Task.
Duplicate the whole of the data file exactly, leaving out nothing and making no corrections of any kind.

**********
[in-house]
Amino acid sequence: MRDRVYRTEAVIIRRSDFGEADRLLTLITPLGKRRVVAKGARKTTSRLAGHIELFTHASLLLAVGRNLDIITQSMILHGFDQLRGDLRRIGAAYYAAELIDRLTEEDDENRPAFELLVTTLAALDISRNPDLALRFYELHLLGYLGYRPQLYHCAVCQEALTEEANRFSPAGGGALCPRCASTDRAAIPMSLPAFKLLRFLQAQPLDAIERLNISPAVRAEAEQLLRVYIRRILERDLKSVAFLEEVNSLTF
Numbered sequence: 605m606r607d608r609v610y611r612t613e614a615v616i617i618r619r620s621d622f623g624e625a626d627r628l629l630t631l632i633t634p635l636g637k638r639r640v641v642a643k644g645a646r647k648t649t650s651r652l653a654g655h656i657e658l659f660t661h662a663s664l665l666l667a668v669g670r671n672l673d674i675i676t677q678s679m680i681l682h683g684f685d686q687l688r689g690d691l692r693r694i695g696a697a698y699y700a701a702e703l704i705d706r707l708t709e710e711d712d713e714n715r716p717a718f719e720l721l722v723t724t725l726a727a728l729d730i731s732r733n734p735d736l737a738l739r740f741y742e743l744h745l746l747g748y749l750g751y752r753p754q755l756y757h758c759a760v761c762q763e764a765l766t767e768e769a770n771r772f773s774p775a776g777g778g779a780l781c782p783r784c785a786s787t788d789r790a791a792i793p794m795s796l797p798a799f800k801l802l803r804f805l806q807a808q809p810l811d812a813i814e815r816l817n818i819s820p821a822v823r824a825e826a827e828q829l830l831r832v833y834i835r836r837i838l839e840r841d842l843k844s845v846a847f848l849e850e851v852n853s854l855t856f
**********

[in-house]
Amino acid sequence: MRDRVYRTEAVIIRRSDFGEADRLLTLITPLGKRRVVAKGARKTTSRLAGHIELFTHASLLLAVGRNLDIITQSMILHGFDQLRGDLRRIGAAYYAAELIDRLTEEDDENRPAFELLVTTLAALDISRNPDLALRFYELHLLGYLGYRPQLYHCAVCQEALTEEANRFSPAGGGALCPRCASTDRAAIPMSLPAFKLLRFLQAQPLDAIERLNISPAVRAEAEQLLRVYIRRILERDLKSVAFLEEVNSLTF
Numbered sequence: 605m606r607d608r609v610y611r612t613e614a615v616i617i618r619r620s621d622f623g624e625a626d627r628l629l630t631l632i633t634p635l636g637k638r639r640v641v642a643k644g645a646r647k648t649t650s651r652l653a654g655h656i657e658l659f660t661h662a663s664l665l666l667a668v669g670r671n672l673d674i675i676t677q678s679m680i681l682h683g684f685d686q687l688r689g690d691l692r693r694i695g696a697a698y699y700a701a702e703l704i705d706r707l708t709e710e711d712d713e714n715r716p717a718f719e720l721l722v723t724t725l726a727a728l729d730i731s732r733n734p735d736l737a738l739r740f741y742e743l744h745l746l747g748y749l750g751y752r753p754q755l756y757h758c759a760v761c762q763e764a765l766t767e768e769a770n771r772f773s774p775a776g777g778g779a780l781c782p783r784c785a786s787t788d789r790a791a792i793p794m795s796l797p798a799f800k801l802l803r804f805l806q807a808q809p810l811d812a813i814e815r816l817n818i819s820p821a822v823r824a825e826a827e828q829l830l831r832v833y834i835r836r837i838l839e840r841d842l843k844s845v846a847f848l849e850e851v852n853s854l855t856f